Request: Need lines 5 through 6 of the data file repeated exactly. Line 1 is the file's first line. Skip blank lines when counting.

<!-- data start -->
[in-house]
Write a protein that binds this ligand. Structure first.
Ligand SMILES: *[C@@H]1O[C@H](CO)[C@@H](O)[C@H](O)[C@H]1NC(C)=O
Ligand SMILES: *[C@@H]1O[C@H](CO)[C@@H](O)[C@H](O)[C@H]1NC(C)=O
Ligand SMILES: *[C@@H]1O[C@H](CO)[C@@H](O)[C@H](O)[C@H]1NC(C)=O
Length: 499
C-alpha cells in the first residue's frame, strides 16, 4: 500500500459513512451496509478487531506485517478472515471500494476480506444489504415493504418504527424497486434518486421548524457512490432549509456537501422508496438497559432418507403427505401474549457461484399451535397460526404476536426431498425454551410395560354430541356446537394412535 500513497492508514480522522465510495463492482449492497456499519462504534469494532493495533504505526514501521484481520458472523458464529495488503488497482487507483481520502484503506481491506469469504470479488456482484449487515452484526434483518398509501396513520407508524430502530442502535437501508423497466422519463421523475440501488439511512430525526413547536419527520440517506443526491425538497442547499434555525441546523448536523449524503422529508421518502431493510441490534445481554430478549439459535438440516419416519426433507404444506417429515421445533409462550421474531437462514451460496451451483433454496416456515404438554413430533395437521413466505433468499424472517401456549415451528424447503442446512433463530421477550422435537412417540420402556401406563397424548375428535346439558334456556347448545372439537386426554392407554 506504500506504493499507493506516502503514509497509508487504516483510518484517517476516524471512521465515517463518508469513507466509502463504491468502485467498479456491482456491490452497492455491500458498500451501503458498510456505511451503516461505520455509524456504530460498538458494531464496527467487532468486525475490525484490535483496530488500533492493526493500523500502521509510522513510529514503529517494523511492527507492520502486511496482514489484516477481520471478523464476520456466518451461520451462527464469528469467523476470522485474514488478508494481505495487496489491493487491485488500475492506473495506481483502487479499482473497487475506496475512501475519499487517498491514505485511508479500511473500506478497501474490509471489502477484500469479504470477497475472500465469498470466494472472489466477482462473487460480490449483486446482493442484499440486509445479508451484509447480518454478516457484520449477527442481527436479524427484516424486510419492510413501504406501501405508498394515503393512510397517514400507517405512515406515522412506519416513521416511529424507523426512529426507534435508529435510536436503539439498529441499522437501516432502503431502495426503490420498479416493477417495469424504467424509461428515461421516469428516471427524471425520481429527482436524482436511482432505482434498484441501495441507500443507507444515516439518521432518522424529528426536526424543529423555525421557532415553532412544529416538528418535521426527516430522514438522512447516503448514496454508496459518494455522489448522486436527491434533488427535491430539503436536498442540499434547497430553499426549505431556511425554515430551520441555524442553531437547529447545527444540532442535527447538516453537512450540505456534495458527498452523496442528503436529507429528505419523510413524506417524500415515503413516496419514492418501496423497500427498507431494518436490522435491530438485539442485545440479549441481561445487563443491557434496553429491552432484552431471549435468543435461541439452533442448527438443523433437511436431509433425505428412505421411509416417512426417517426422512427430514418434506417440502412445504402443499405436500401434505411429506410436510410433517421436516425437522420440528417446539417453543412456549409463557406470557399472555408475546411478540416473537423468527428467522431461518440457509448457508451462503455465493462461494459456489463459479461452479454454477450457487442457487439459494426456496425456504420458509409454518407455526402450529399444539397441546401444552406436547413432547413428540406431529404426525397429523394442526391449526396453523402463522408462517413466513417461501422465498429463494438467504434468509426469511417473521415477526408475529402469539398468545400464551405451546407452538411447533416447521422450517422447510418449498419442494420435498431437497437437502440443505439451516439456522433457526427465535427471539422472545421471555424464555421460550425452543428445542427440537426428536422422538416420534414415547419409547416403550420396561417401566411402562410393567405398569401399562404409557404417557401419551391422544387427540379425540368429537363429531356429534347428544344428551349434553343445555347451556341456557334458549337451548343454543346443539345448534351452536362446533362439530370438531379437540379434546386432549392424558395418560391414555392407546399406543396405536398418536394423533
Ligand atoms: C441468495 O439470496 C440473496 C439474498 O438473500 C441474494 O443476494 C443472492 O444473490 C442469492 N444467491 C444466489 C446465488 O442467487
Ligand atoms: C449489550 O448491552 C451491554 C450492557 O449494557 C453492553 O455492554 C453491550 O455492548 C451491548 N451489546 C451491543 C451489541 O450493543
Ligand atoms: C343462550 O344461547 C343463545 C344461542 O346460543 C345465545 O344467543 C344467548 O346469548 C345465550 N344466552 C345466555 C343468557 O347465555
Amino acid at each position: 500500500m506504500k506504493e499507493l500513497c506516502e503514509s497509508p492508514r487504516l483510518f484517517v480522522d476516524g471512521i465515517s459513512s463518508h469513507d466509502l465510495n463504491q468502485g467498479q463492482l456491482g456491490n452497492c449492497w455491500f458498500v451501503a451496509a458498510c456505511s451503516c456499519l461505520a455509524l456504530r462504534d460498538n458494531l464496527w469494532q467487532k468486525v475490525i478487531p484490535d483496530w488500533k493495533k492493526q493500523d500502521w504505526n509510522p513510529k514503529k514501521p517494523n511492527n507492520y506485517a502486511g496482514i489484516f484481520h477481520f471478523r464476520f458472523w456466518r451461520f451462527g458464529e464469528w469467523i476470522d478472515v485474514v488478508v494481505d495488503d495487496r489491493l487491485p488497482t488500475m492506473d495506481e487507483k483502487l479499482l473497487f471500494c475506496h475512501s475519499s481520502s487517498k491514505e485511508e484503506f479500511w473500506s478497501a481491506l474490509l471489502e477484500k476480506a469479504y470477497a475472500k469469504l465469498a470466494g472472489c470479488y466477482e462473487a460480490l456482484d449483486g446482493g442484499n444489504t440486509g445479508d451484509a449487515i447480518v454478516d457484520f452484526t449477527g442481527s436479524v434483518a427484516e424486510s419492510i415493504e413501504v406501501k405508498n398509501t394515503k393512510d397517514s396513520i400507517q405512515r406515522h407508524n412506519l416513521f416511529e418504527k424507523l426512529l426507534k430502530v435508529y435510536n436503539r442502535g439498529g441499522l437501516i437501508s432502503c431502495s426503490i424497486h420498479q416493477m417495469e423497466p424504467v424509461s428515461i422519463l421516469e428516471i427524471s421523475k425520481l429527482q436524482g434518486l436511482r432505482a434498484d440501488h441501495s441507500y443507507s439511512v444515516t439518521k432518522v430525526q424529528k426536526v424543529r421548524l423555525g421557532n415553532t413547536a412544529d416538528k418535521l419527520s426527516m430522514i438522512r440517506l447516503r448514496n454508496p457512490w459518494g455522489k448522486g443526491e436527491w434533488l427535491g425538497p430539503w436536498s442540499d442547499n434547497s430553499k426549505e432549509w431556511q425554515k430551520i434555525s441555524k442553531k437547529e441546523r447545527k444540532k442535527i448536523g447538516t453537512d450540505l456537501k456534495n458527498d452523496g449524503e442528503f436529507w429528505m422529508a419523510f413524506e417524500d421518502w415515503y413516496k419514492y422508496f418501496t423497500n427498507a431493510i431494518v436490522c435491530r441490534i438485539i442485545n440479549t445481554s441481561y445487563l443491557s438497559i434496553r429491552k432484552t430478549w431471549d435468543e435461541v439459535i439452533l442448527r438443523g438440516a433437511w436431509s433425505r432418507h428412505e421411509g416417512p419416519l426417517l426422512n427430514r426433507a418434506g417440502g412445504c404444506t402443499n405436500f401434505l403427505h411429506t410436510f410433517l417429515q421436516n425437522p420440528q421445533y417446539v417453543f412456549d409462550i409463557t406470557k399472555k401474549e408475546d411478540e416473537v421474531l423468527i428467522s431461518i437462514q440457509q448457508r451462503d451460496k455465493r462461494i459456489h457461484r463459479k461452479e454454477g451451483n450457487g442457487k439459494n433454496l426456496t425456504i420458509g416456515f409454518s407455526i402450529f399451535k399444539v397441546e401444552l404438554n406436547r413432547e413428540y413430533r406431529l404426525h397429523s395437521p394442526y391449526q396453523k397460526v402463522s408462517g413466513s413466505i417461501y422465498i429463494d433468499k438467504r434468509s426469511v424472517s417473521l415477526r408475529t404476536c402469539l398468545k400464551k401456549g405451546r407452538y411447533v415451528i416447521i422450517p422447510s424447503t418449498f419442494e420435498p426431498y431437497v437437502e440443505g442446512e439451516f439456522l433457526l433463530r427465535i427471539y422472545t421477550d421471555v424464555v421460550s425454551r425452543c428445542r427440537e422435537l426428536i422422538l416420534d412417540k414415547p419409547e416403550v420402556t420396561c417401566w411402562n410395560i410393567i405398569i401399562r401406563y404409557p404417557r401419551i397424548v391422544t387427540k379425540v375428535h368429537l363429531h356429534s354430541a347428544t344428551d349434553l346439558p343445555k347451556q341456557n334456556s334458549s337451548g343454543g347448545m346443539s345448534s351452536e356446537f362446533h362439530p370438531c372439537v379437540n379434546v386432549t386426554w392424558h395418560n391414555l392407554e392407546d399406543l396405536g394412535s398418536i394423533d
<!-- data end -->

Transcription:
Ligand SMILES: *[C@@H]1O[C@H](CO)[C@@H](O)[C@H](O)[C@H]1NC(C)=O
Length: 499